Click to Skip Ad
Closing in...

A meteorite that struck a family’s driveway may offers clues to life

Published Mar 9th, 2021 5:02PM EST
space news
Image: Trustees of the Natural History Museum

If you buy through a BGR link, we may earn an affiliate commission, helping support our expert product labs.

How and when life first took root on Earth is still not very well understood. We have a relatively vague timeline that indicates life was indeed present on Earth some 4.5 billion years ago but we don’t really know what happened before that. Life could have existed for some time by that point, or they may indicate some of the very earliest forms of life. But perhaps more importantly, we still don’t know how life formed. Whether it was a spontaneous reaction in a bubbling crockpot of materials in the ocean or the result of life’s core ingredients arriving from elsewhere is something that scientists just can’t say with any degree of certainty.

Looking for the clues to answer that question often means looking to space and, more specifically, meteorites that may have delivered the building blocks of life billions of years ago. A chunk of rock that slammed into a UK family’s driveway probably isn’t going to answer that question, but it might provide scientists with some supporting evidence one way or the other.

As CNN reports, several chunks of a very rare type of meteorite rained down on the town of Winchcombe in Gloucestershire, and the fragments are of particular interest to scientists. The type of space rock that the smaller pieces came from is incredibly rare, and it’s believed that these rocks may hold the keys to explaining how life showed up on Earth in the first place.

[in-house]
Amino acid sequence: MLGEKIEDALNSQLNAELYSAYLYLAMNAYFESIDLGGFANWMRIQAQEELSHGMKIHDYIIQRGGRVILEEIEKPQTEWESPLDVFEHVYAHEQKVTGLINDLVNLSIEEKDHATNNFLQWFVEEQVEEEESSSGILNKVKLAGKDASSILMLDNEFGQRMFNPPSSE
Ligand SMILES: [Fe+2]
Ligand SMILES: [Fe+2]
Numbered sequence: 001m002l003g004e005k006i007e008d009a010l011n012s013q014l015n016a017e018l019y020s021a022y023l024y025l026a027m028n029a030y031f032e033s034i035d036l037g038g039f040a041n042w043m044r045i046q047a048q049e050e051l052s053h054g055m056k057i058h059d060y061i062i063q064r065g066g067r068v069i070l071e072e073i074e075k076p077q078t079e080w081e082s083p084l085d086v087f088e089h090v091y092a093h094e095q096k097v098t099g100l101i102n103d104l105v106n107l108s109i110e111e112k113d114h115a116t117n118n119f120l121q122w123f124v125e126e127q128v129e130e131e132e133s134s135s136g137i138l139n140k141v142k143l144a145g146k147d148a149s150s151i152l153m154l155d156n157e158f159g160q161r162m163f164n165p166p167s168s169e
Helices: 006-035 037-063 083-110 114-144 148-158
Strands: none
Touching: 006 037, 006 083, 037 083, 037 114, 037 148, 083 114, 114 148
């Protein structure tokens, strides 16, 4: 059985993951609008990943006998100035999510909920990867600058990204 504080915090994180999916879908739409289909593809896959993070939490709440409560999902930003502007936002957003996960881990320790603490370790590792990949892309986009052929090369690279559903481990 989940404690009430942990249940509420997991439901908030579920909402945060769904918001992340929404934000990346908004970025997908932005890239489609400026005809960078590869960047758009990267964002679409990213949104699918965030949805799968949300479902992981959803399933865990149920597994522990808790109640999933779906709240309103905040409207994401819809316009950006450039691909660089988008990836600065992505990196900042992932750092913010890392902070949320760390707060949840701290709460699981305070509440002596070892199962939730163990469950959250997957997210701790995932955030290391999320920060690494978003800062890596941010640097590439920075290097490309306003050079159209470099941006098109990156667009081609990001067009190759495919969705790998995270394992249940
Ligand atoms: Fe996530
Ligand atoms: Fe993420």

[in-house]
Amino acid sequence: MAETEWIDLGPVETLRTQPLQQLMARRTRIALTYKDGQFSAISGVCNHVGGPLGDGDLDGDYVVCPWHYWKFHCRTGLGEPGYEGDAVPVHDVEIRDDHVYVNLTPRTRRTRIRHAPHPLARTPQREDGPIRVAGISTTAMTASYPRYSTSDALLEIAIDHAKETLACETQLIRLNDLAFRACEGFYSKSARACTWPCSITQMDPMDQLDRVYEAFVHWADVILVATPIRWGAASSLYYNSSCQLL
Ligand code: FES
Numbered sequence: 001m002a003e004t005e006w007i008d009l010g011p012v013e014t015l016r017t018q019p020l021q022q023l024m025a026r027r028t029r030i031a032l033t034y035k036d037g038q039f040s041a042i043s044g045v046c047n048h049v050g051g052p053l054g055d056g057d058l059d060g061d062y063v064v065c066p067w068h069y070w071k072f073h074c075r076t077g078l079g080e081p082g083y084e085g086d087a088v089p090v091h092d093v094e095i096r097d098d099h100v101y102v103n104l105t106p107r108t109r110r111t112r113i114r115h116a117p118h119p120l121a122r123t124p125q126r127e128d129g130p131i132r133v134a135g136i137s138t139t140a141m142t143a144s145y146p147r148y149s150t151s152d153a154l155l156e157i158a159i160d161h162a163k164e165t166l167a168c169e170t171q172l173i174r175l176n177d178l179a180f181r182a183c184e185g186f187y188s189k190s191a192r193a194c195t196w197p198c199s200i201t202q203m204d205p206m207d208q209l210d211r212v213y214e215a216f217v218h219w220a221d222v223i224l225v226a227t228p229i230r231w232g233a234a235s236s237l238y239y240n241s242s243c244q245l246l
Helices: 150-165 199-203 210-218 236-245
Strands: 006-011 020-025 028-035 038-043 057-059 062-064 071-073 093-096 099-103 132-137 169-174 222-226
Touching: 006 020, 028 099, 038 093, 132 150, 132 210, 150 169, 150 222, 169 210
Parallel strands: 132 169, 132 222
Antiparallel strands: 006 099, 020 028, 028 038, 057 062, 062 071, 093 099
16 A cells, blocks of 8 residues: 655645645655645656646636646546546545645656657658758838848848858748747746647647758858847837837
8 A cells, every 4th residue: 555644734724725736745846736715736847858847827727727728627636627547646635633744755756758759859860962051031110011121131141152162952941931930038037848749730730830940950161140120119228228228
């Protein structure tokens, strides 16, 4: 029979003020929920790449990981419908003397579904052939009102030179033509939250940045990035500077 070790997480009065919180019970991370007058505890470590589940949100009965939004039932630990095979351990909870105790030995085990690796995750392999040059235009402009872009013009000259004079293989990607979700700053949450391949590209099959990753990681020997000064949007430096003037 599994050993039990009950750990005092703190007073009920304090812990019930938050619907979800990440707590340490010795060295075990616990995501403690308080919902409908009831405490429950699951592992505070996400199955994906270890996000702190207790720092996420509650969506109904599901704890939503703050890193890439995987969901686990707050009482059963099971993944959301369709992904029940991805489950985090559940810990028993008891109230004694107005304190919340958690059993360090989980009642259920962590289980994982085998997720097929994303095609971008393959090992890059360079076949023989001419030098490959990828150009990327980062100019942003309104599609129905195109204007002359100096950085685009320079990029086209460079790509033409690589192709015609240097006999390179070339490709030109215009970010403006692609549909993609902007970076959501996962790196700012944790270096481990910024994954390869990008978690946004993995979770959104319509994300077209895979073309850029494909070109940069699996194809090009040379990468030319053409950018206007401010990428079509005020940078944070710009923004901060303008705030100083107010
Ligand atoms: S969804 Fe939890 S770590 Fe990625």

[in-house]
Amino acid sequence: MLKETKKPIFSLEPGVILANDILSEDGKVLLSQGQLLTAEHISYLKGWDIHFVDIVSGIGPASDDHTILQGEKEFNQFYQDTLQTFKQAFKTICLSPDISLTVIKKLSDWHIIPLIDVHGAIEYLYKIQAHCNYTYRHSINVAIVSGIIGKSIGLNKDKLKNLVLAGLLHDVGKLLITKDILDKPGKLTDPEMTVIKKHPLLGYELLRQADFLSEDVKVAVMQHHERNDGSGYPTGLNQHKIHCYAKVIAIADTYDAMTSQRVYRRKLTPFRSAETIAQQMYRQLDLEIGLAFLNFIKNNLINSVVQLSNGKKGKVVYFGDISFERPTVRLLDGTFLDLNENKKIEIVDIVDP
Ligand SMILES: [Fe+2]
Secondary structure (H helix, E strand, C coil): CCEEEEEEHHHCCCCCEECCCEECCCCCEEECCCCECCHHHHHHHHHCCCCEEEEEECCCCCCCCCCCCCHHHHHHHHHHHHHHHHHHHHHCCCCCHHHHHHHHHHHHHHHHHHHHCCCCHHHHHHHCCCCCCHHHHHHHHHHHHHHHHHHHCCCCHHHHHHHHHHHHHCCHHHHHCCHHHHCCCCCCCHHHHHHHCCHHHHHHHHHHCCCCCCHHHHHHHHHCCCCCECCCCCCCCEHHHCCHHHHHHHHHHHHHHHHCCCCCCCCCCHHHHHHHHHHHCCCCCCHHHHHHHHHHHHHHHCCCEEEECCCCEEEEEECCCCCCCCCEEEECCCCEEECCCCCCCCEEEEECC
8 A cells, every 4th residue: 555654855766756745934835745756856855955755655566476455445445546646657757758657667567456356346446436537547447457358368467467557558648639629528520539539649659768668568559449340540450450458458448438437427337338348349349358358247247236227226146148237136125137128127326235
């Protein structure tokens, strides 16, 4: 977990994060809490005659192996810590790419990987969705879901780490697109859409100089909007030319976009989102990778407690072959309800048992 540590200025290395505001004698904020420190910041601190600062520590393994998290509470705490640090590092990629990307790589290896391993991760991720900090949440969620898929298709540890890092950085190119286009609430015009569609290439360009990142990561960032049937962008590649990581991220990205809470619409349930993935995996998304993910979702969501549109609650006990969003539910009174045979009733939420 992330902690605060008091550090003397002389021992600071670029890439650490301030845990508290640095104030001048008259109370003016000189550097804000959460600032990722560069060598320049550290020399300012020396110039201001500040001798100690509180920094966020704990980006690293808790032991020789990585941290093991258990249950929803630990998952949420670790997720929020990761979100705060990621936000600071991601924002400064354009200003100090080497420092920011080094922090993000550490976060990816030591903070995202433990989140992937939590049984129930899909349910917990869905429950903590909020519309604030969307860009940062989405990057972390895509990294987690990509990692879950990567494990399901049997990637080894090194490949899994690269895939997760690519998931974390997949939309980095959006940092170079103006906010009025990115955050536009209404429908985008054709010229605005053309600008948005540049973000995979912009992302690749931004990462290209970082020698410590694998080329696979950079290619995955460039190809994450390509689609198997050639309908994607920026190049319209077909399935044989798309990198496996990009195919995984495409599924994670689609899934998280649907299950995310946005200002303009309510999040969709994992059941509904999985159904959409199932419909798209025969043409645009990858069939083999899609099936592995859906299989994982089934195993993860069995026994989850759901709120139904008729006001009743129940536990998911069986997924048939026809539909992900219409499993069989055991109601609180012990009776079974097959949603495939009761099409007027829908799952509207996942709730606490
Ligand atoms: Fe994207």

You see, not all space rocks are created equal. Some asteroids have been through a lot, and are mere shadows of their former selves. Other, more fortunate asteroids managed to remain largely unchanged from the birth of the solar system, and as time marches on, those unsullied rocks grow more and more scarce.

The type of meteorite that produces the fragments that littered Winchcombe was made of carbonaceous chondrite. These types of meteorites contain extremely old and largely untainted material from a very, very long time ago. They make up less than 5% of known meteorite falls, making them incredibly rare, but it’s what’s inside these unassuming rocks that is really exciting.

The study of this type of asteroid has revealed the presence of amino acids and other organic compounds that may have served as a starting point for life to form on a primitive Earth. If these types of asteroids were raining down from above — and we know they were because they still are to this day — on a lifeless Earth, striking ocean water and depositing their organic matter over the course of hundreds of millions of years, we may have them to thank for us being here today.

It’s pretty wild to think that the chance encounter between Earth and some chunks of space debris ultimately led to you sitting here today, but it’s one of the best explanations we have regarding the origins of life.

More Science